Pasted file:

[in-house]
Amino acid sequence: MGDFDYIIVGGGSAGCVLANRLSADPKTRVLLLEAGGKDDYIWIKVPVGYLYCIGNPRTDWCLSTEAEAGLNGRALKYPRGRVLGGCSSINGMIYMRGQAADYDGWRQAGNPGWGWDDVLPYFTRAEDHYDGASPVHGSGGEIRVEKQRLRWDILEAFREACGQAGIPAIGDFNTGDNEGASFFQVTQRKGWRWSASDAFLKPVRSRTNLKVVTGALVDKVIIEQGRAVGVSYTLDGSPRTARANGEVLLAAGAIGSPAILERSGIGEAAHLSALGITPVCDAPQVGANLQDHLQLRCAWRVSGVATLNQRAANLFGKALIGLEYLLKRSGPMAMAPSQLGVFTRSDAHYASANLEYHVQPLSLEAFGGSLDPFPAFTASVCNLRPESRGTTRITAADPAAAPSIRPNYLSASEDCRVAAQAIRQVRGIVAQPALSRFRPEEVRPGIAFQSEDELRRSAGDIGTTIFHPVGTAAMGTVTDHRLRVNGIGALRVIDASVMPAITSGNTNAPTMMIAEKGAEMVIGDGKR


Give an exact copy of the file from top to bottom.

[in-house]
Amino acid sequence: MGDFDYIIVGGGSAGCVLANRLSADPKTRVLLLEAGGKDDYIWIKVPVGYLYCIGNPRTDWCLSTEAEAGLNGRALKYPRGRVLGGCSSINGMIYMRGQAADYDGWRQAGNPGWGWDDVLPYFTRAEDHYDGASPVHGSGGEIRVEKQRLRWDILEAFREACGQAGIPAIGDFNTGDNEGASFFQVTQRKGWRWSASDAFLKPVRSRTNLKVVTGALVDKVIIEQGRAVGVSYTLDGSPRTARANGEVLLAAGAIGSPAILERSGIGEAAHLSALGITPVCDAPQVGANLQDHLQLRCAWRVSGVATLNQRAANLFGKALIGLEYLLKRSGPMAMAPSQLGVFTRSDAHYASANLEYHVQPLSLEAFGGSLDPFPAFTASVCNLRPESRGTTRITAADPAAAPSIRPNYLSASEDCRVAAQAIRQVRGIVAQPALSRFRPEEVRPGIAFQSEDELRRSAGDIGTTIFHPVGTAAMGTVTDHRLRVNGIGALRVIDASVMPAITSGNTNAPTMMIAEKGAEMVIGDGKR